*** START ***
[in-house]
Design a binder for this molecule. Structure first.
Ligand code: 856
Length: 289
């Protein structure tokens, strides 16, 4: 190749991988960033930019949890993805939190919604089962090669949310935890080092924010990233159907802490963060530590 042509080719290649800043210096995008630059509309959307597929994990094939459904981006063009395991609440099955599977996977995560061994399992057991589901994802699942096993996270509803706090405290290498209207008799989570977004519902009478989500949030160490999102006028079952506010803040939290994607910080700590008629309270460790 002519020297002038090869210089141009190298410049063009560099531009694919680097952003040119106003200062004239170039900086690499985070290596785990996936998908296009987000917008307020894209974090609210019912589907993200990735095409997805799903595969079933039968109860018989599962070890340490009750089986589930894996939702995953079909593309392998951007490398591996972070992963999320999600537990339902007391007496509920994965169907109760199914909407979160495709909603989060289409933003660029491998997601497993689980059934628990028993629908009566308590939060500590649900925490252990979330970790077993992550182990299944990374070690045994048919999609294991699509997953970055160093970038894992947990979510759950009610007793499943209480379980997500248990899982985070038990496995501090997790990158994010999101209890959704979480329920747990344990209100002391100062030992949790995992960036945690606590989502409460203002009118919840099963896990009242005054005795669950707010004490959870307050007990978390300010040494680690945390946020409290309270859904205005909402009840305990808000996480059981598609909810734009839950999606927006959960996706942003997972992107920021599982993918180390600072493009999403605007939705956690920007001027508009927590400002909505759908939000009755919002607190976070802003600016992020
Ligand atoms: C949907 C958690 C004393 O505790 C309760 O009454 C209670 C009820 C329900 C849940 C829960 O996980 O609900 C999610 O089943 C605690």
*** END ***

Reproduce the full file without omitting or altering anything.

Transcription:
[in-house]
Design a binder for this molecule. Structure first.
Ligand code: 856
Length: 289
């Protein structure tokens, strides 16, 4: 190749991988960033930019949890993805939190919604089962090669949310935890080092924010990233159907802490963060530590 042509080719290649800043210096995008630059509309959307597929994990094939459904981006063009395991609440099955599977996977995560061994399992057991589901994802699942096993996270509803706090405290290498209207008799989570977004519902009478989500949030160490999102006028079952506010803040939290994607910080700590008629309270460790 002519020297002038090869210089141009190298410049063009560099531009694919680097952003040119106003200062004239170039900086690499985070290596785990996936998908296009987000917008307020894209974090609210019912589907993200990735095409997805799903595969079933039968109860018989599962070890340490009750089986589930894996939702995953079909593309392998951007490398591996972070992963999320999600537990339902007391007496509920994965169907109760199914909407979160495709909603989060289409933003660029491998997601497993689980059934628990028993629908009566308590939060500590649900925490252990979330970790077993992550182990299944990374070690045994048919999609294991699509997953970055160093970038894992947990979510759950009610007793499943209480379980997500248990899982985070038990496995501090997790990158994010999101209890959704979480329920747990344990209100002391100062030992949790995992960036945690606590989502409460203002009118919840099963896990009242005054005795669950707010004490959870307050007990978390300010040494680690945390946020409290309270859904205005909402009840305990808000996480059981598609909810734009839950999606927006959960996706942003997972992107920021599982993918180390600072493009999403605007939705956690920007001027508009927590400002909505759908939000009755919002607190976070802003600016992020
Ligand atoms: C949907 C958690 C004393 O505790 C309760 O009454 C209670 C009820 C329900 C849940 C829960 O996980 O609900 C999610 O089943 C605690």